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Foreign Policy

Diplomacy under Xi and Li in Full Swing

May 24 , 2013
  • Tao Wenzhao

    Researcher, Chinese Academy of Social Sciences

Chinese President Xi Jinping will visit Trinidad and Tobago, Costa Rica and Mexico and hold a meeting with US President Barack Obama at Sunnylands, the Walter and Leonore Annenberg Estate in California. This will be a new important step in the full swing of Chinese diplomacy since the new leadership took office. 

Tao Wenzhao

President Xi’s first foreign trip took him to Russia and African countries. Russia is the most important neighbor of China. The borderline between them is 4300 kilometers. The two strategic partners both have important influence in the world. In the past few years, Chinese leaders’ first foreign trip has been to African countries every year. This has become a tradition. In April, the Boao Forum for Asia held its annual conference and French President Francois Hollande visited China, his first visit here since taking office and one that made him the first European guest for the new Chinese leaders. 

Premier Li Keqiang is now visiting India. This trip will also take him to Pakistan, Germany and Switzerland while Xi is going to Latin America and meeting US President. In just a few months, Chinese leaders will have set their feet on major continents of the world, showing new faces of Chinese diplomacy. 

Xi actually visited the US in February last year and met President Obama and Vice President Joe Biden as Chinese Vice President. Last December, after the China-US Joint Commission on Commerce and Trade meeting in Washington, President Obama, who had just been re-elected, met Vice Premier Wang Qishan and told the latter that he looked forward to meeting Xi. During the National People’s Congress sessions in March, Tom Donilon, Assistant to the President for National Security Affairs, delivered a long speech on 11 March, expounding on America’s rebalancing strategy. Talking about China, he said, “As China completes its leadership transition, the Administration is well positioned to build on our existing relationships with Xi Jinping, Li Keqiang and other top Chinese.” It seems that both sides are eager to meet each other. During his first term, President Obama met President Hu Jintao for the first time during the G20 Summit in London on 1 April 2009. It is now already late May. If Chinese and American Presidents are to meet on an international occasion, they will have to wait until upcoming G20 Summit in Saint Petersburg in September. State visits will of course take longer time to prepare. The proposition to meet in California seems to be a flexible and innovative start of contacts between the two leaders. 

Meetings between leaders constitute a top-level strategic dialogue. There are over 90 communication and cooperation platforms between the two countries, including the Strategic and Economic Dialogue. Yet face-to-face meeting between leaders remains the most important mechanism. It is fair to say that interactions and meetings between leaders have been a most important factor and continuous driving force for the stable and sound development of bilateral relations since President Nixon’s ice-breaking China tour in 1972.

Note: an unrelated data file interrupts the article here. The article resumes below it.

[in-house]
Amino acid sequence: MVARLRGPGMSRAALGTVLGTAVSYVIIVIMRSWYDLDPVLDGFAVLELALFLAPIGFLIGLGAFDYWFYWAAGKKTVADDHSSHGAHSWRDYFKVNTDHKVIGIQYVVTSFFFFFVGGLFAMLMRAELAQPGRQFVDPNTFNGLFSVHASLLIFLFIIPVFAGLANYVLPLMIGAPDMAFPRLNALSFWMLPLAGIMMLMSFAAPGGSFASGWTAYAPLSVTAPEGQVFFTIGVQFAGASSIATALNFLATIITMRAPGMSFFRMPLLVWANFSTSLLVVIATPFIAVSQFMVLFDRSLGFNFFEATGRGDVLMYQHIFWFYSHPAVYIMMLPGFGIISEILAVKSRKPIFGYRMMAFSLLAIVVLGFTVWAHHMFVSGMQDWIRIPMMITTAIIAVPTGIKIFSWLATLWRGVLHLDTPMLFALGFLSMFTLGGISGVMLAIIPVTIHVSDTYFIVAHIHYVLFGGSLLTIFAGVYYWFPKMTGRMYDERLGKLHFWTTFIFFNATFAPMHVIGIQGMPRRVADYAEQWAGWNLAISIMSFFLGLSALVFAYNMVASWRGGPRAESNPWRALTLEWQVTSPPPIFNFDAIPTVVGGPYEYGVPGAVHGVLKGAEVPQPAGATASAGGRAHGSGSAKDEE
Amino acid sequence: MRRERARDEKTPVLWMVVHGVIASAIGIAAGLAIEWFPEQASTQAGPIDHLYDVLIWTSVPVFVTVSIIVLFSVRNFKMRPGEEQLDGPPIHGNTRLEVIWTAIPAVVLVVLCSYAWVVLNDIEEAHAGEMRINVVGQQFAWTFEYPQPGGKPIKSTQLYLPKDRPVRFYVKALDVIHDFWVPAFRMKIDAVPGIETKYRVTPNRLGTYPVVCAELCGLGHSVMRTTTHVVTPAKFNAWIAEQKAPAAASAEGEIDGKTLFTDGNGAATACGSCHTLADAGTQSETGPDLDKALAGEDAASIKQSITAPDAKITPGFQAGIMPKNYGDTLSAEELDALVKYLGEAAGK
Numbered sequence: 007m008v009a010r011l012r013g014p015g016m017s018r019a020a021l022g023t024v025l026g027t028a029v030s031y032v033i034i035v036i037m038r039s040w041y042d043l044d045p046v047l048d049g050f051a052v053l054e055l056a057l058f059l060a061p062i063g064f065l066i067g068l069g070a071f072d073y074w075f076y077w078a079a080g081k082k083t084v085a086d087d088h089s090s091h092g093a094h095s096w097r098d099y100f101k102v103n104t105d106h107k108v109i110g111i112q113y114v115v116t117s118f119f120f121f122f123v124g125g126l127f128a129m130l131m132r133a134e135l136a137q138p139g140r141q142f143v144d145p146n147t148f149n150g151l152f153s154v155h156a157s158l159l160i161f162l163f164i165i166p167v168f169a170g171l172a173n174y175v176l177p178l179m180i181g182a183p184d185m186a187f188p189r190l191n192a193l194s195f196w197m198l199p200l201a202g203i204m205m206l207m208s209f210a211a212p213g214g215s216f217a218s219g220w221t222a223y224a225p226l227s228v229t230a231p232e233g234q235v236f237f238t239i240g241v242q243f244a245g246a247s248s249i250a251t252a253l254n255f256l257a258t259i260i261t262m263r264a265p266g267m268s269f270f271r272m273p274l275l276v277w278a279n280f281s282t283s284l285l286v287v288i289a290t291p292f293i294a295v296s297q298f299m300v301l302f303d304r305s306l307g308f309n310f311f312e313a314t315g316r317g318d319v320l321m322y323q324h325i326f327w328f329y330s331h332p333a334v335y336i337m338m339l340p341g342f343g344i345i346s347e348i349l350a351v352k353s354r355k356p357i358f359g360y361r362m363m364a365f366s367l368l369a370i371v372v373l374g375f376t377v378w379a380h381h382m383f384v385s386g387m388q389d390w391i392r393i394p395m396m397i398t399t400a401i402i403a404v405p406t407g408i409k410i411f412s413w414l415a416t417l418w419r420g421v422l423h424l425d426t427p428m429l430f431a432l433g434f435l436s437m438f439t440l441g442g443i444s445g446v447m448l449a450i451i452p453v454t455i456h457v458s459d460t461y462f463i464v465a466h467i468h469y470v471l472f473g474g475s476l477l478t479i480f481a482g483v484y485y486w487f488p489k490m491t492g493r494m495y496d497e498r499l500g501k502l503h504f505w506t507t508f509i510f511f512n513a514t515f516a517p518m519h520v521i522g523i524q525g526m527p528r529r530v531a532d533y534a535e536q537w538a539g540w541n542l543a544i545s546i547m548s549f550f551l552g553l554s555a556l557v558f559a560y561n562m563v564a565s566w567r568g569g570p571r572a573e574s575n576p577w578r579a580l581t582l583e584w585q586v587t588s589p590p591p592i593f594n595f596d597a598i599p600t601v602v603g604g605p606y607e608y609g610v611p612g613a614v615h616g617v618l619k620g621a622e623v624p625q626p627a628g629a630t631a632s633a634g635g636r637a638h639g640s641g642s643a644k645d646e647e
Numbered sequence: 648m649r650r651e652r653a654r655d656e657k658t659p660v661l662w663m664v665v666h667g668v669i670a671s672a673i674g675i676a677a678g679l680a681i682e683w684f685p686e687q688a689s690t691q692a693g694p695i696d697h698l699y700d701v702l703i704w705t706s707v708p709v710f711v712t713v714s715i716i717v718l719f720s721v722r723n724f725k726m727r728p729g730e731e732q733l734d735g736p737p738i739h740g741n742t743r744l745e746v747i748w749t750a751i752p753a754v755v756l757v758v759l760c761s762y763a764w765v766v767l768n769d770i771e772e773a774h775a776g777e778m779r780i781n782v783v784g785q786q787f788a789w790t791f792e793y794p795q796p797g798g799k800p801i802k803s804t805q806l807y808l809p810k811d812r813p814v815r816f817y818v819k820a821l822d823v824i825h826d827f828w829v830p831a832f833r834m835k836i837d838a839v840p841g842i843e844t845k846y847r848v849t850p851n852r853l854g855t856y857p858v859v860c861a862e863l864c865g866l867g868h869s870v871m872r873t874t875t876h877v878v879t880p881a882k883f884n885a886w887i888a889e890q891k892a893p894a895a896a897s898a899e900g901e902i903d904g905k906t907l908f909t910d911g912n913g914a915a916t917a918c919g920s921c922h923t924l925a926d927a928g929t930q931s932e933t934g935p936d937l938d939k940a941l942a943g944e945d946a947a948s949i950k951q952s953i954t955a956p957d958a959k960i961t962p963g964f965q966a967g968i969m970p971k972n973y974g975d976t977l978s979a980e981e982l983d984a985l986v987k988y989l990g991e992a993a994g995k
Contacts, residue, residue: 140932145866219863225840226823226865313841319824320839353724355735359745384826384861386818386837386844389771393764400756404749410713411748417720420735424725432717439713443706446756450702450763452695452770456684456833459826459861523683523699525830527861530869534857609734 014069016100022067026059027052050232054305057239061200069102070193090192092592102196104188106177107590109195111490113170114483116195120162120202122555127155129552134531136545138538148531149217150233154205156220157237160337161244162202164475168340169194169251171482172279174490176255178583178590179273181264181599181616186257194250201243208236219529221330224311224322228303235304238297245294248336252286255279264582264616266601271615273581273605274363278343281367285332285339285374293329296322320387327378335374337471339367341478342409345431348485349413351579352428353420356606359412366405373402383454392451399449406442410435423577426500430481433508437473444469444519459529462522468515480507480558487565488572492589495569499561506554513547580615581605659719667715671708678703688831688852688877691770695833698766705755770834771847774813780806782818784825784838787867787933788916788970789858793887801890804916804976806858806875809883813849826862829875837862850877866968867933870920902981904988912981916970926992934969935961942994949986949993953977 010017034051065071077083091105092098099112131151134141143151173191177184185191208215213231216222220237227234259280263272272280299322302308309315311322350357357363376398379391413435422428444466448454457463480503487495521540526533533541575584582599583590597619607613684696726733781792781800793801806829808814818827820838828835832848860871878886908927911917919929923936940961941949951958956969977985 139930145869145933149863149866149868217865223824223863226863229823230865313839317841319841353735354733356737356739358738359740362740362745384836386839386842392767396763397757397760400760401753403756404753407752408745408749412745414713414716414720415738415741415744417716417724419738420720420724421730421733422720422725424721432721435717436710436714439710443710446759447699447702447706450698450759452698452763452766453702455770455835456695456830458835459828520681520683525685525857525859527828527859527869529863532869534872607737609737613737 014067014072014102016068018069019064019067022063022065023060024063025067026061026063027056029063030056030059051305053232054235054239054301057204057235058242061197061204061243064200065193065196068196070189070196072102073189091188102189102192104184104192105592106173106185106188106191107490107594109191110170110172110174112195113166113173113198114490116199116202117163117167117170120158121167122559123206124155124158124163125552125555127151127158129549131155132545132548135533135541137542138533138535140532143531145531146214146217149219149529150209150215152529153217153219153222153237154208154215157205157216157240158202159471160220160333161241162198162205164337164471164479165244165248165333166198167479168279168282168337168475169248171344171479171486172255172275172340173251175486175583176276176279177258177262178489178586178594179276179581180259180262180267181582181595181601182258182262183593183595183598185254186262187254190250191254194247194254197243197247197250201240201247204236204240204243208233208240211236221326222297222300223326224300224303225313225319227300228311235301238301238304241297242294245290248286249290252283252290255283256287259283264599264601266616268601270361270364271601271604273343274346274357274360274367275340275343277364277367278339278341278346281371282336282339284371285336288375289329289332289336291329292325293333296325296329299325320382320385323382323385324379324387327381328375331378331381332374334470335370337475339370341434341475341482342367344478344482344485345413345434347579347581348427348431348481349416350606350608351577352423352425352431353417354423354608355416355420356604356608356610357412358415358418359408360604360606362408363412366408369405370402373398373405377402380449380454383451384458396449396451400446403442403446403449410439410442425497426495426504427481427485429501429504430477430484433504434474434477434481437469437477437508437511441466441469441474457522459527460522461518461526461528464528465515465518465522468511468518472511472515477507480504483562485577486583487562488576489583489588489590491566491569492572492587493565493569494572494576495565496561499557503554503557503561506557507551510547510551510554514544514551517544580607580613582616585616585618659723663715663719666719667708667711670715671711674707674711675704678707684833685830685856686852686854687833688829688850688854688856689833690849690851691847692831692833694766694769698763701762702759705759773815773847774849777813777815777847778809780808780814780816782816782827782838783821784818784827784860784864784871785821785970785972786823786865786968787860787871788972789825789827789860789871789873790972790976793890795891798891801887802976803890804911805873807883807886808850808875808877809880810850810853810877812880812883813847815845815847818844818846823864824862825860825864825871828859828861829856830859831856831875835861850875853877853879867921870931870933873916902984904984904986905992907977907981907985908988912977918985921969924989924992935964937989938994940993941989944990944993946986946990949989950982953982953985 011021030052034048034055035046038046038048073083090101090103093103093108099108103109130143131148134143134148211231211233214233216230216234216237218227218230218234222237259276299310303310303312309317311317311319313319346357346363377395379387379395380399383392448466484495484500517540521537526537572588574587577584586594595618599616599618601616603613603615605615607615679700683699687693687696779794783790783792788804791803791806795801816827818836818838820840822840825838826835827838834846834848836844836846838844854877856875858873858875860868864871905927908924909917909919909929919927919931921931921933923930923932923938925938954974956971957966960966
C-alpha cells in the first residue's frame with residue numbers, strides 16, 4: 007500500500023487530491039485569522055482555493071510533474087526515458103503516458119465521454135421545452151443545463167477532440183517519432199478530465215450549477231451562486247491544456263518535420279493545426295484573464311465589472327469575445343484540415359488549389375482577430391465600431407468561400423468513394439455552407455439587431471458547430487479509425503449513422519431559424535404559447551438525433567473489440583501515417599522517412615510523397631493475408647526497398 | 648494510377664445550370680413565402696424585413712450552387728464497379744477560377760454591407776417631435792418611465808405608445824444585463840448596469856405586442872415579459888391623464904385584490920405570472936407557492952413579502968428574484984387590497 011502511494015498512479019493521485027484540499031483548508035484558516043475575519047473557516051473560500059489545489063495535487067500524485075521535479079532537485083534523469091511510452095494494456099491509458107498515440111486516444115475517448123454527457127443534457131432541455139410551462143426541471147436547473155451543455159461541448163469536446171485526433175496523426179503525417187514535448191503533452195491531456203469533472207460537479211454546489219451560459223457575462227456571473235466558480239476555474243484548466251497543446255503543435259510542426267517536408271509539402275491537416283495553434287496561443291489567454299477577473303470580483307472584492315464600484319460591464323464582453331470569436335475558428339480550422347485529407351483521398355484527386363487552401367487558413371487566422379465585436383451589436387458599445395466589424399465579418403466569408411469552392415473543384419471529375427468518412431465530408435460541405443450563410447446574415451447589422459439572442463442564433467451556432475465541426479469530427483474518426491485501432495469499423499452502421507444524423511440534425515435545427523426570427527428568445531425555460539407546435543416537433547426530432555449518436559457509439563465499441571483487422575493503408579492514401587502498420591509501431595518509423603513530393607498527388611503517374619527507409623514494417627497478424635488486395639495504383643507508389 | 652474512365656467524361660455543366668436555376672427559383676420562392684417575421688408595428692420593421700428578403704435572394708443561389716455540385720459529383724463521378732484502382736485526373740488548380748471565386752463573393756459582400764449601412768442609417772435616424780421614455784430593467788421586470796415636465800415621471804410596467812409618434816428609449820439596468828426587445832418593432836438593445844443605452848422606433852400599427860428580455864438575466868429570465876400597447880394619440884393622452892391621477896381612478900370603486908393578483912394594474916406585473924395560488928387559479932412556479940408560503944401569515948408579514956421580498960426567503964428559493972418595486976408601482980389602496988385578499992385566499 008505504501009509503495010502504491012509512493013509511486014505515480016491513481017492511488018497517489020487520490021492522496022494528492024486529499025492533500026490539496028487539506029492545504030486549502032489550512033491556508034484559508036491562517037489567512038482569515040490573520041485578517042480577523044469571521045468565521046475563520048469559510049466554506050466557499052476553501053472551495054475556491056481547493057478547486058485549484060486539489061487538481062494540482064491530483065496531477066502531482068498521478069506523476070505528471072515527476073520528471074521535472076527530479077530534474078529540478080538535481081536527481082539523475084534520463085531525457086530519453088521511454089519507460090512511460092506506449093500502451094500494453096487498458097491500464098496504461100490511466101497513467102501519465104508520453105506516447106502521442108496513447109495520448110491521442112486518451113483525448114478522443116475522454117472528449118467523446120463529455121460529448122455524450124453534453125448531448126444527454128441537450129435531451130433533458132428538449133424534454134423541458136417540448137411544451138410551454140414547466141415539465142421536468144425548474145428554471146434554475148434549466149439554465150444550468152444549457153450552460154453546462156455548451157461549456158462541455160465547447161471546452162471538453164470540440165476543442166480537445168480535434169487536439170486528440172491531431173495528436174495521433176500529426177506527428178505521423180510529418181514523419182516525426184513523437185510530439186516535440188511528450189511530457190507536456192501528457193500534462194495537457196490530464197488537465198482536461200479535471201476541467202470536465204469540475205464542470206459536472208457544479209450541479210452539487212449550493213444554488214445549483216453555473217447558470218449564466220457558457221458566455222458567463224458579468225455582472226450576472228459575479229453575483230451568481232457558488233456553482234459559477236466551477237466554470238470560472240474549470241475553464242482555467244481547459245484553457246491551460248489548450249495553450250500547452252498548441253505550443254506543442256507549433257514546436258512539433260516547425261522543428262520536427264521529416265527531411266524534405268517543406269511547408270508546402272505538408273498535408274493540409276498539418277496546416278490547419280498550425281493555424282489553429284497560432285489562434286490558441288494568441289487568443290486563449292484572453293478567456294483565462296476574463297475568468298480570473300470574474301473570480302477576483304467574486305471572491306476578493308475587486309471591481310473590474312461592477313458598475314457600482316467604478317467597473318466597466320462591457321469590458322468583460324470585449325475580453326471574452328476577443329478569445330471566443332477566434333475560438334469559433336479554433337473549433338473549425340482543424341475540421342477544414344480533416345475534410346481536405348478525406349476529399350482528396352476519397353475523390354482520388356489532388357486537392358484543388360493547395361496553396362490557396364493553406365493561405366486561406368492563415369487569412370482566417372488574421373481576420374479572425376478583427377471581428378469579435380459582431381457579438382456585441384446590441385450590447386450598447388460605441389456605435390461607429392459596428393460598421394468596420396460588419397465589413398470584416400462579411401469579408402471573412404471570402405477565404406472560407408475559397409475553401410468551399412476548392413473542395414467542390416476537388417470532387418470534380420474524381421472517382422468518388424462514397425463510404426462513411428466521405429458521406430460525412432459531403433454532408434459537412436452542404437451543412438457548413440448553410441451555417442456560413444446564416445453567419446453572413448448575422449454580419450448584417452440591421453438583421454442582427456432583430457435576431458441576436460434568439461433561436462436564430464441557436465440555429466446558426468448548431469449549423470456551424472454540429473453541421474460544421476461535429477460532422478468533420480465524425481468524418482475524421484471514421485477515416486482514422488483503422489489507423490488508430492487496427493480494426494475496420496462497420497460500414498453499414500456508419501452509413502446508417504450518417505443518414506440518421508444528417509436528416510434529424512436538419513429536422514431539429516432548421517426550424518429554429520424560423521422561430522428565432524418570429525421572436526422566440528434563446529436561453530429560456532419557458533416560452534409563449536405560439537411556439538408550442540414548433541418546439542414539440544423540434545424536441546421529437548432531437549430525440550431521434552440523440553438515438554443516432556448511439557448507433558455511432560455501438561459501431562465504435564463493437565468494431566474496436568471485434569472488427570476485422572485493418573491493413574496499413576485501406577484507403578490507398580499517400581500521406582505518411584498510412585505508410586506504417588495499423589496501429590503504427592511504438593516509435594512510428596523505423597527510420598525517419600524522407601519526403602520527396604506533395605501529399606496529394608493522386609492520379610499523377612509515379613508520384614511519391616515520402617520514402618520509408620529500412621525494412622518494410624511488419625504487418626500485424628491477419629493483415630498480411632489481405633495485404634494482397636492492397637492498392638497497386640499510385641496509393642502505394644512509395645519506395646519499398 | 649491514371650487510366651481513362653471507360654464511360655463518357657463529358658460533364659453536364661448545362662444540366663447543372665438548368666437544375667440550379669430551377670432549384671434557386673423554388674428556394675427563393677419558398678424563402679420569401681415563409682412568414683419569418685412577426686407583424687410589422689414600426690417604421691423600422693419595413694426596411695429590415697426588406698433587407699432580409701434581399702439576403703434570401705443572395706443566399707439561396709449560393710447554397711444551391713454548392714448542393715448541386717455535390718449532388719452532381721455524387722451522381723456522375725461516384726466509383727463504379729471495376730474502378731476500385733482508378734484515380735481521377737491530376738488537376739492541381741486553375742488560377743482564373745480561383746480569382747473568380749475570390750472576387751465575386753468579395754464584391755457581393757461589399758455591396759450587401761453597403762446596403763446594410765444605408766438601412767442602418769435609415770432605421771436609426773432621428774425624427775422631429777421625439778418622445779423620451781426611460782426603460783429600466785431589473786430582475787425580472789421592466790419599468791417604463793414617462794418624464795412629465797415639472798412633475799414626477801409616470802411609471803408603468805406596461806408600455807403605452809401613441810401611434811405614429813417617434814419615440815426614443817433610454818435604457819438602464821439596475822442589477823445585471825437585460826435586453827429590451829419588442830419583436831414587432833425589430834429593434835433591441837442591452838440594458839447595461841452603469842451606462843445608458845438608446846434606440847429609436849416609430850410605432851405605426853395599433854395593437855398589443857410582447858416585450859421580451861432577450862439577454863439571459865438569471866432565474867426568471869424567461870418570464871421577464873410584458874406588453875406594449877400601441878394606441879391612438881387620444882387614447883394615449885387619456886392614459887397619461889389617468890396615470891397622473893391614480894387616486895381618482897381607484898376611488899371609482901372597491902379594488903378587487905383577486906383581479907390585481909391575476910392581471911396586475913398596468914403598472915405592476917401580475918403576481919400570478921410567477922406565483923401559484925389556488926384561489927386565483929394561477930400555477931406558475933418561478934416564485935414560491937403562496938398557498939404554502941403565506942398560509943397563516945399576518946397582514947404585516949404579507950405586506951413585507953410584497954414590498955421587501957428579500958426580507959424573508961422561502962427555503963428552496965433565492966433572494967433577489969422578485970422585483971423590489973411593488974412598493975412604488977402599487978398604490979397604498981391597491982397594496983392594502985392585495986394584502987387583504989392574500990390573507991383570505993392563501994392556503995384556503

Mao Zedong discussed “philosophy” with Nixon, indicating a need to view China-US relations from a macro, overall and long-term perspective without being rigidly restrained by specific issues. This was followed by generations of leaders in the two countries, thus overcoming various obstacles and pushing bilateral relationship forward. The lesson remains critical for today’s China-US relationship. A few years ago, leaders of the two countries agreed to construct a partnership and expressed willingness to jointly explore a new type of relationship between major countries. The upcoming Xi-Obama meeting offers an important opportunity to continue this job. 

Establishing trust in the personal relationship between leaders is of great significance to bilateral relations. Policies are made by humans. History of China-US relations testifies about the critical role of mutual trust between leaders in handling thorny problems. During the ice-breaking stage, there was trust between Mao Zedong and Zhou Enlai with Richard Nixon and Henry Kissinger. In the normalization process, there was trust between Deng Xiaoping with Jimmy Carter and Zbigniew Brezinski. Face-to-face meetings and unfettered candid exchanges on all questions play an essential role for the building of trust. The upcoming meeting offers such an opportunity. 

Both Chinese and American leaders now focus their attention on domestic affairs. China needs to transform the mode of economic growth, speed up urbanization and create a harmonious society and a beautiful country. The US wants to promote economic recovery, create jobs and reduce fiscal deficit. Both leaders have on their respective agenda a long list of domestic issues to be resolved. Now that domestic issues have to certain extent become issues of bilateral relations, the two countries can actually complement each other. They need to assist each other in achieving domestic policy goals as either’s development will bring benefit to the other. China can help the US in its efforts to create jobs and double export. By the same token, economic recovery in the US will stimulate Chinese export growth. Since the outbreak of this financial crisis, G20 has stressed again and again the need to strengthen macro-economic coordination, a change to international relations brought about by globalization. The upcoming Xi-Obama meeting will be a good opportunity for them to exchange views on respective domestic policies and enhance mutual understanding in this aspect. Let us expect positive results from the meeting.

Tao Wenzhao is a researcher at the Institute of American Studies, Chinese Academy of Social Sciences.

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